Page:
It is an interesting reflection of the current political crisis that much of the reporting is couched in bellicose terms, borrowing freely from the military vocabulary. Thus, resort is being made to a "war", to "battles", "attacks", "campaigns", "coups" and other such terms, including reference to a "wounded" prime minister.
When it comes to the real war out in Afghanistan, however, the political classes are strangely silent, showing as Booker reports in his column today, almost complete indifference to the plight of our armed forces in that increasingly perilous theatre.
This picks up on our observation on Thursday, when at one point in the debate only ten MPs were in attendance.
Amongst others who pointed out the desperate indifference to the issue was Liam Fox, who had this to say about the timing of the debate:
It says everything about the priorities of the current Government and their business managers that the annual debate on defence in the world is squeezed by a topical debate, on a day when they knew that most MPs would be away from the House. I can just hear the Government business managers asking, "What subject is so unimportant that we can stick it in the Commons on polling day for the European and local elections?" and the answer coming back, "Why not defence in the world? It's only about Iraq, Afghanistan and the rest - nothing terribly important." It leaves most of us on the Conservative Benches virtually speechless that a debate of such importance to our national interest, the well-being of our armed forces and the morale of their families should have its annual slot reduced to less than four hours.That said, although passing reference was made by some blogs to the fact that there was only – for a while – one Labour back-bencher in the chamber, there were only four Tories. One was Ann Winterton and another was James Arbuthnot. The latter, as chairman of the defence committee, was virtually obligated to be there.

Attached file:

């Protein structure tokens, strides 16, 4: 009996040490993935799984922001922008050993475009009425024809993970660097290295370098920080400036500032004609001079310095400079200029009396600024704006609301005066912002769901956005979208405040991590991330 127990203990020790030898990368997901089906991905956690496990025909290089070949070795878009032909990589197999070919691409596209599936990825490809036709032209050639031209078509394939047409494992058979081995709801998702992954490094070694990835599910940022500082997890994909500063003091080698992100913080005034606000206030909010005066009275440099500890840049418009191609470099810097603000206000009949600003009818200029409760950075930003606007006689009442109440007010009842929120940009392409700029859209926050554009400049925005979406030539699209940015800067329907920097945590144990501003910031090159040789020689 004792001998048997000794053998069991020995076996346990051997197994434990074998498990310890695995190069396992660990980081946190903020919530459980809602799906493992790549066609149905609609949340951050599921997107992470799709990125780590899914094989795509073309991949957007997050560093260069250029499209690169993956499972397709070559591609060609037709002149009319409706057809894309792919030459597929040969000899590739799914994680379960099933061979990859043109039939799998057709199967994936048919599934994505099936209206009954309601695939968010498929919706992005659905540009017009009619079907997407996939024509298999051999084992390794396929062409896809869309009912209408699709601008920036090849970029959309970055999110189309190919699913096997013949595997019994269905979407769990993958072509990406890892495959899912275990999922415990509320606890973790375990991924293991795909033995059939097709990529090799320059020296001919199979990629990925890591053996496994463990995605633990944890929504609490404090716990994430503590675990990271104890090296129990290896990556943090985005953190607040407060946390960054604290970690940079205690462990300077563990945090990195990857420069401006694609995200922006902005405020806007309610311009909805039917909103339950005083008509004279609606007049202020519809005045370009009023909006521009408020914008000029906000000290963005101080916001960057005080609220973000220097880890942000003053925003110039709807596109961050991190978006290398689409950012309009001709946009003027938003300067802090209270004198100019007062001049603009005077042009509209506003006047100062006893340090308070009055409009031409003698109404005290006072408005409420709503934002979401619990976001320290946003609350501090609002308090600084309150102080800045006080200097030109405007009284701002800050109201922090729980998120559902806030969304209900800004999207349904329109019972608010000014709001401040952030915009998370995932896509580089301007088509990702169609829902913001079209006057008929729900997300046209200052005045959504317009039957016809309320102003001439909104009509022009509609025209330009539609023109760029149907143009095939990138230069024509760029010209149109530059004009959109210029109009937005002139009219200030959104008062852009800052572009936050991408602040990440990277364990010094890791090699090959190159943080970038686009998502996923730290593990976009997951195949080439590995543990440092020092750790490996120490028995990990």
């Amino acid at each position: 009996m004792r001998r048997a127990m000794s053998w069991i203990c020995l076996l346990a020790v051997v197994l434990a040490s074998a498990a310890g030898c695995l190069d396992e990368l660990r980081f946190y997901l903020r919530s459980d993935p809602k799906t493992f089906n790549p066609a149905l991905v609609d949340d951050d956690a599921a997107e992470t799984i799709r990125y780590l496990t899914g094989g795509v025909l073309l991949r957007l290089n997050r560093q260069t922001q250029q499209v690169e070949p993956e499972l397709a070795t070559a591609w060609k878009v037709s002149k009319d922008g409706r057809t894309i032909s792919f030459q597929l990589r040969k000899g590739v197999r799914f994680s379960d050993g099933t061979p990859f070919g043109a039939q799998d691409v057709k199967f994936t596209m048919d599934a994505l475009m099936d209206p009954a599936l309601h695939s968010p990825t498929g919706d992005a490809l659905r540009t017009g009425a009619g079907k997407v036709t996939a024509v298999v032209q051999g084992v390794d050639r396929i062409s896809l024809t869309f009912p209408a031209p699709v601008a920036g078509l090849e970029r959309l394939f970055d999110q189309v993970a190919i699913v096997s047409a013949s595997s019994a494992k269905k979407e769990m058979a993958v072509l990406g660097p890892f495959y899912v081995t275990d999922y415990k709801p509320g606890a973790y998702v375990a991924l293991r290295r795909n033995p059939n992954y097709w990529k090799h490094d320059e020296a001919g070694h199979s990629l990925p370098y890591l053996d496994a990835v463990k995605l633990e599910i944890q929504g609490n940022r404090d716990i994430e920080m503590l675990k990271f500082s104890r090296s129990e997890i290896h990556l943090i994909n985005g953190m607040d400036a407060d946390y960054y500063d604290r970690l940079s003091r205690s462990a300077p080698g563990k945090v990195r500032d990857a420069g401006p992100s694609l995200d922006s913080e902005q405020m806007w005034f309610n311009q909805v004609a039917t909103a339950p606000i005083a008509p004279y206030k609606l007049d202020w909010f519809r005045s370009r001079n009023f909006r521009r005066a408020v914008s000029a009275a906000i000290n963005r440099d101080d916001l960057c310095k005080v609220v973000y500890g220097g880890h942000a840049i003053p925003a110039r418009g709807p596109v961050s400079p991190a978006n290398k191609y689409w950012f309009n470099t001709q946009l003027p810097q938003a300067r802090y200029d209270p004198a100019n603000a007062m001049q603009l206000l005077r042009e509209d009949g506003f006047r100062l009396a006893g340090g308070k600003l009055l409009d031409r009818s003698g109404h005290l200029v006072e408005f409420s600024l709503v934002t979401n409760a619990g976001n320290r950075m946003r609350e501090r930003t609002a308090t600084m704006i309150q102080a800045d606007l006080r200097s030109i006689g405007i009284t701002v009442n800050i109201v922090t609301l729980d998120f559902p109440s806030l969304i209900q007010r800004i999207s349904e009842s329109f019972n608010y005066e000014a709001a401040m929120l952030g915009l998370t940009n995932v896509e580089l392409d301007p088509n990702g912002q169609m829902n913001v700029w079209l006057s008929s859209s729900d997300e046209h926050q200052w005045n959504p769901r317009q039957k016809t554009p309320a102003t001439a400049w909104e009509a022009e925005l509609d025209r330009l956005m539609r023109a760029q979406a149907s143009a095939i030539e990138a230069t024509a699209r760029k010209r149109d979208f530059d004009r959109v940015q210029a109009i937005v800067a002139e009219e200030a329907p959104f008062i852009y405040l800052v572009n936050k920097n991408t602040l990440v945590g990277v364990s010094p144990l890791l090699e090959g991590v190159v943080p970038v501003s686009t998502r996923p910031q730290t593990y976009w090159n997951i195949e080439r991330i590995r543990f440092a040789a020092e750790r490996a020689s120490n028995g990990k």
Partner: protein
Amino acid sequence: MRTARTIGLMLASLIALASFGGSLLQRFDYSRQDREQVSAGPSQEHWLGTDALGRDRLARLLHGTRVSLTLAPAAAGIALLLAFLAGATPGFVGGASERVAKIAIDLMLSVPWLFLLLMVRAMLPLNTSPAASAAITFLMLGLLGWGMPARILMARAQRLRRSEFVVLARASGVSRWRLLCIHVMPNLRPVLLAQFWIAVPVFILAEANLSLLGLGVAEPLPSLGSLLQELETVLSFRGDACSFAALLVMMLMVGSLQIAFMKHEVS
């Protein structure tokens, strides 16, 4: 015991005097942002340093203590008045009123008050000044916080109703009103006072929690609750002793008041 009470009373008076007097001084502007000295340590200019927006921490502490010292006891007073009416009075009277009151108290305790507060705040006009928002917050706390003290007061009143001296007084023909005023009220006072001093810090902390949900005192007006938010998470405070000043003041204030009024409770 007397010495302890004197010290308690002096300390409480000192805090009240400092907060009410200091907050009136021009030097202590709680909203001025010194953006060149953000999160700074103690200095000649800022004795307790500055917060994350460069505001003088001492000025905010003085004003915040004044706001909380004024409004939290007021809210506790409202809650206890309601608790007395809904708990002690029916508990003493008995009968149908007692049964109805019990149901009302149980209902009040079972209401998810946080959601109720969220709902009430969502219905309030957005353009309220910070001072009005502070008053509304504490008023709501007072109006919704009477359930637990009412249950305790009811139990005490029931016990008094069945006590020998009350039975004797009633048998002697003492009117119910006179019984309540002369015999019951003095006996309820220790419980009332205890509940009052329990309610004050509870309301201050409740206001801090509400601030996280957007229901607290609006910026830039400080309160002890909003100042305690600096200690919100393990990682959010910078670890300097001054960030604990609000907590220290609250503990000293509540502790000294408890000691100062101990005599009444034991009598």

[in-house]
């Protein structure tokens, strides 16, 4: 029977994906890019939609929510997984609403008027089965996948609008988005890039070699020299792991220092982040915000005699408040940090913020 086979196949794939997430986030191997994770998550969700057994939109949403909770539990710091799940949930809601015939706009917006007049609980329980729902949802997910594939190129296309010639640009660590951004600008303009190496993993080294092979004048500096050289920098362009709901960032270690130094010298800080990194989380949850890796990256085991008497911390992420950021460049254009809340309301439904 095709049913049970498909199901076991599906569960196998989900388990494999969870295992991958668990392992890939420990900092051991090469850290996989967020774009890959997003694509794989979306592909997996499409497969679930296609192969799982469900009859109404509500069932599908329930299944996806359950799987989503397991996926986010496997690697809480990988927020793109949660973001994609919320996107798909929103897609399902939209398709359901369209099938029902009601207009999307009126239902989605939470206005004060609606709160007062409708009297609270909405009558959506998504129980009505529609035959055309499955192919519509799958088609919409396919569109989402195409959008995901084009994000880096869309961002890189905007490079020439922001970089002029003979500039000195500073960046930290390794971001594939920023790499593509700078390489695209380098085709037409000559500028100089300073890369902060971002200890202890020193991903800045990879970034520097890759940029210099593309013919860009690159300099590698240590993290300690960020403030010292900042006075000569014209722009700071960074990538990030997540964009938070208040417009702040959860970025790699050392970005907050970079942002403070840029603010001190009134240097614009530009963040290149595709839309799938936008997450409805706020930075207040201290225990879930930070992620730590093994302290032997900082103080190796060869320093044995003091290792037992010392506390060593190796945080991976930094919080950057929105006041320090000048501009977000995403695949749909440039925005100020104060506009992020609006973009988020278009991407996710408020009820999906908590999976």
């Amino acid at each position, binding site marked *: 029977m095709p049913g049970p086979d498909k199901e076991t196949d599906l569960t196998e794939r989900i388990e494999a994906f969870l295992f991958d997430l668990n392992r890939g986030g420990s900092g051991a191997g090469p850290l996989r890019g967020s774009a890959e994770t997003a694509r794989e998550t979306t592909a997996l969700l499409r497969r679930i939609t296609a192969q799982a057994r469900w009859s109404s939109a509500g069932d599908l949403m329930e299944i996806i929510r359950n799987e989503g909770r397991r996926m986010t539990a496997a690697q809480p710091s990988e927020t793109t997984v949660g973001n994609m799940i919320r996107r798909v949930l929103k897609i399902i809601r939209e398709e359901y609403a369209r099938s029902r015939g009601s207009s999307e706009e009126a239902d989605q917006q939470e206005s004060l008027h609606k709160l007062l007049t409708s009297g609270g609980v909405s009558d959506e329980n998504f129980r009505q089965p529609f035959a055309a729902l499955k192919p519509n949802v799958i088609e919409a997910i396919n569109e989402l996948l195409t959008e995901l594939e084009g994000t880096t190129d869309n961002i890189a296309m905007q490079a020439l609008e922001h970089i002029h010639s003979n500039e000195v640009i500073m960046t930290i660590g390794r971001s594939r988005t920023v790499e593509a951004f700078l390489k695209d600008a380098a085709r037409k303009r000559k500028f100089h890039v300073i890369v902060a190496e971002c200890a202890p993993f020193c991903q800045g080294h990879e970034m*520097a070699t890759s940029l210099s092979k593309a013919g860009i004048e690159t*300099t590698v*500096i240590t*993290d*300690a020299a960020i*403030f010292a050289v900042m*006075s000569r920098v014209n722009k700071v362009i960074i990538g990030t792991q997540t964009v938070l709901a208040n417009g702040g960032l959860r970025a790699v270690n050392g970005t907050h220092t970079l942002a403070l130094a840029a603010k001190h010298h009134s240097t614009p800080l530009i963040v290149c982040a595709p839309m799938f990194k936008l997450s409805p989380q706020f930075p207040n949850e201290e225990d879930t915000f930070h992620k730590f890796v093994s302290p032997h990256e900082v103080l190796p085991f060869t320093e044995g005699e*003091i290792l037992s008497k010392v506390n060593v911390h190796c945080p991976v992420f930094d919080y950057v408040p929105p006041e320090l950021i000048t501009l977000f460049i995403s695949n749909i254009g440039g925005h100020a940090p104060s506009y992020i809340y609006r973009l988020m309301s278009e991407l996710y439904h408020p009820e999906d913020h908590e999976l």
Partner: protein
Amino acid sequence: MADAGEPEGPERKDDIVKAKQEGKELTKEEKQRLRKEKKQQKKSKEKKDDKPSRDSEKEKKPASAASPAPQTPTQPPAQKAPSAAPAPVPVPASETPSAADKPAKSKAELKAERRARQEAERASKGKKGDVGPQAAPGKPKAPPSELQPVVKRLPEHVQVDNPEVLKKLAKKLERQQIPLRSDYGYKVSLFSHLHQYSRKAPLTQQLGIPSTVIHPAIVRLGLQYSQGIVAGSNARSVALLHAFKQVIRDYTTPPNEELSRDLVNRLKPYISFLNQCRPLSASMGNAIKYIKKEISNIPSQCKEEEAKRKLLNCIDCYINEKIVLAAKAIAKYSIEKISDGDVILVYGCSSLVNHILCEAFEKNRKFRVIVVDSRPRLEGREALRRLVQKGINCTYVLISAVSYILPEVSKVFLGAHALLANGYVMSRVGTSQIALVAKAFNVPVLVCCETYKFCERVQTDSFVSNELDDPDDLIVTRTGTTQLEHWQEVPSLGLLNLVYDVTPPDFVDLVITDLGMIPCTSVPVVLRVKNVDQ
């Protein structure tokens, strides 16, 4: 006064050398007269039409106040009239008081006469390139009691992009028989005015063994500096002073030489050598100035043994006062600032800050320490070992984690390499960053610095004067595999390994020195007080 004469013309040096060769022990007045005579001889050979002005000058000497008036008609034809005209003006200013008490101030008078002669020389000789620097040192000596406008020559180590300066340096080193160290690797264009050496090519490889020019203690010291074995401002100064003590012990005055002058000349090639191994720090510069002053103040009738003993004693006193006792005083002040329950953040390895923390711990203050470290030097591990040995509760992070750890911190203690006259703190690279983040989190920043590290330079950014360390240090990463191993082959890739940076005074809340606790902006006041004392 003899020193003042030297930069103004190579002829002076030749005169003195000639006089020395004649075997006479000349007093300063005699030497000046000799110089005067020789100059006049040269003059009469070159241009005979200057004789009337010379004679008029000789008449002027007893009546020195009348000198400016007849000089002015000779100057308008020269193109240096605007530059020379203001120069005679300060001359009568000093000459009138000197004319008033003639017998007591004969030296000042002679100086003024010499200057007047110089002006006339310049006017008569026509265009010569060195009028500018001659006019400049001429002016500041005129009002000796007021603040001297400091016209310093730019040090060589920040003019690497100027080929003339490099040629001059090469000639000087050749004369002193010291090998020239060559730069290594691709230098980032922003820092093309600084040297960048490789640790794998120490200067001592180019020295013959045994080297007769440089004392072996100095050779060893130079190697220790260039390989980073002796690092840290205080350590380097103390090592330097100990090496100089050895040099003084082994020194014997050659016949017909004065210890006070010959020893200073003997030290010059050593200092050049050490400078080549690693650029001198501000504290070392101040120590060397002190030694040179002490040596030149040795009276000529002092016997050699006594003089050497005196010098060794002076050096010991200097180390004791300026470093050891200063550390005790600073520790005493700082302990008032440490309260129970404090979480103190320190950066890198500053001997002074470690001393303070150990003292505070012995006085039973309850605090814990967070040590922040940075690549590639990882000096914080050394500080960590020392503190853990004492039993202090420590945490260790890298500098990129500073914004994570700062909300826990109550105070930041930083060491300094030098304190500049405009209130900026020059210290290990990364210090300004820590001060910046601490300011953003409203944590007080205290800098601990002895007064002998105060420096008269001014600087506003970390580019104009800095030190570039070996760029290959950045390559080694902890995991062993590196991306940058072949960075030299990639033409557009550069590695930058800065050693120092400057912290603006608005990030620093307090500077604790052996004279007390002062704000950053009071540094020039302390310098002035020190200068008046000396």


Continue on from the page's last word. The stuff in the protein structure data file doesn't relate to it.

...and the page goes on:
Nevertheless, apart from Booker, the lack of interest by our MPs seems only to have been picked up in the MSM by The Yorkshire Post while our earlier post was recorded by Anorak. On the other hand, Nick Harvey, the Lib-Dem spokesman, who stayed for the debate, took flak from his local paper for failing to vote in the elections, after his train home had been delayed. Nothing was reported of the content of the debate.
Thus, the substantive issues are being ignored, not least Ann Winterton's points about "a succession of vehicles that provided no proper protection against roadside bombs" – as Booker puts it. That situation is made worse by The Sunday Telegraph playing its usual games of censoring comments on the online version of Booker's column. Two "antis" have been allowed free rein but my two, posted before each of these, have yet to appear.
One must not, of course be, sanctimonious - heaven forefend – so it would not do to remark that there is something amiss with a society which cannot entertain real issues and thus feels the need to retreat into its own fantasy worlds. But, back in the real world, we are not alone in our concerns.